Eddie and his wife, with their toasted sandwiches, were showing how you could turn a dollar by working and not relying on government money.
Eddie was smart. I’m sure that even though he was making a buck via the sandwiches, he would have still been banking a government cheque. He would have thought it un- Australian not to do so.
I was with Eddie one day at Christmas Creek. There was a rough horse paddock made from wires slung tree to tree. He ran the horses into a smaller yard where saddles straddled a spindly paperbark rail. The horses, half a dozen of them in poor condition, trotted in. They had sores on their backs the size of saucers. They were saddle sores, caused by the friction of a poorly maintained saddle rubbing on the back. These were down to the meat.
“Eddie,” I said to him, quietly “you can’t work these horses.” Bob Katter and Lindsay Kimber were there as well and when they saw the horses they asked Eddie to “bush them”, that is, turn them loose for a long time so their backs could heal. Eddie stayed quiet. He kept his head down, fixing a broken bridle. He didn’t say anything, but he didn’t saddle the horses either.
For the sores to heal the horses would have had to have been spelled for months. It would never have happened. It was like Eddie had no concept of cruelty or of how animals should be treated.
No doubt the horses succumbed and died at an early age. Eddie died himself when still relatively young.
Jackson was good company. I went fishing with him and his family down in the Coleman River for barramundi and crabs. He was always considerate of outsiders. He was good on a horse and would laugh when they bucked and run his spurs along the withers like a rodeo star.
Nothing dressed in horse hide could throw him from his Barcoo Poly saddle that was held together with red hide and baling twine.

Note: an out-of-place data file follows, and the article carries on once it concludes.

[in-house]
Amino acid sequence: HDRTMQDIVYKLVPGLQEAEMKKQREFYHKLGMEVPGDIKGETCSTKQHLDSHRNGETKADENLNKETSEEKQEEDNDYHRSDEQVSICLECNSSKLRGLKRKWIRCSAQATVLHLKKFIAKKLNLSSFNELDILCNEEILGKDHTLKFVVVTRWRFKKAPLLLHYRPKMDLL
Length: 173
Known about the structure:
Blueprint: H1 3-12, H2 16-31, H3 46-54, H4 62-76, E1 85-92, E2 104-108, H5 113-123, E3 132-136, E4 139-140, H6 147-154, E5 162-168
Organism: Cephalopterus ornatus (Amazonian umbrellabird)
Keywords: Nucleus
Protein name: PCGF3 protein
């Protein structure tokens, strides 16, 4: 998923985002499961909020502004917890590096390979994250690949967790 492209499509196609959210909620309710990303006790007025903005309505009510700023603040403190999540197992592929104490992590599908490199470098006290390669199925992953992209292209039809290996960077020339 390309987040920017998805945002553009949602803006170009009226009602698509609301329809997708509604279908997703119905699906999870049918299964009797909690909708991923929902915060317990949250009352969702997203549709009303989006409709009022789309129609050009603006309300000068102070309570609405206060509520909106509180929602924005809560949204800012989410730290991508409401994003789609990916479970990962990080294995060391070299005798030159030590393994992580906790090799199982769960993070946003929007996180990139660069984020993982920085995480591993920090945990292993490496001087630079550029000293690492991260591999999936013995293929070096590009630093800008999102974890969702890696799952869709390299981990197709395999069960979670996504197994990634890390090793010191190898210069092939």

Jackson drank and laughed and enjoyed the company of his family. He fished and trapped cattle. Life was this great adventure out on those endless plains where wild cattle roamed and brumbies galloped in silhouette through the mirages on the saltpans. In the rivers and creeks that bled into the eastern gulf the fish and crabs were there for the taking.
Things change. Life zooms off in a different direction. Jackson lost two boys. Lexie died from the grog. Quentin was killed when his bull buggy rolled. Jackson’s wife Myrna has never gotten over the loss of her sons. Three sons and a daughter survive.
Jackson is an Old Man now. Still, every morning he rises early, picks up his rake and tidies the ground around the Pormpuraaw Council chambers.
We all have bucket lists. One of the things on mine is to go back to Pormpuraaw and see Jackson one more time. It’s been 32 years.
They had sores on their backs the size of saucers
*( There is no commercially managed cattle operation at Pormpuraaw today).
Jackson Shortjoe and Eddie Holroyd at Kowanyama Pocket, Pormpuraaw.
Jackson Shortjoe and his wife Myrna at Pormpuraaw last year.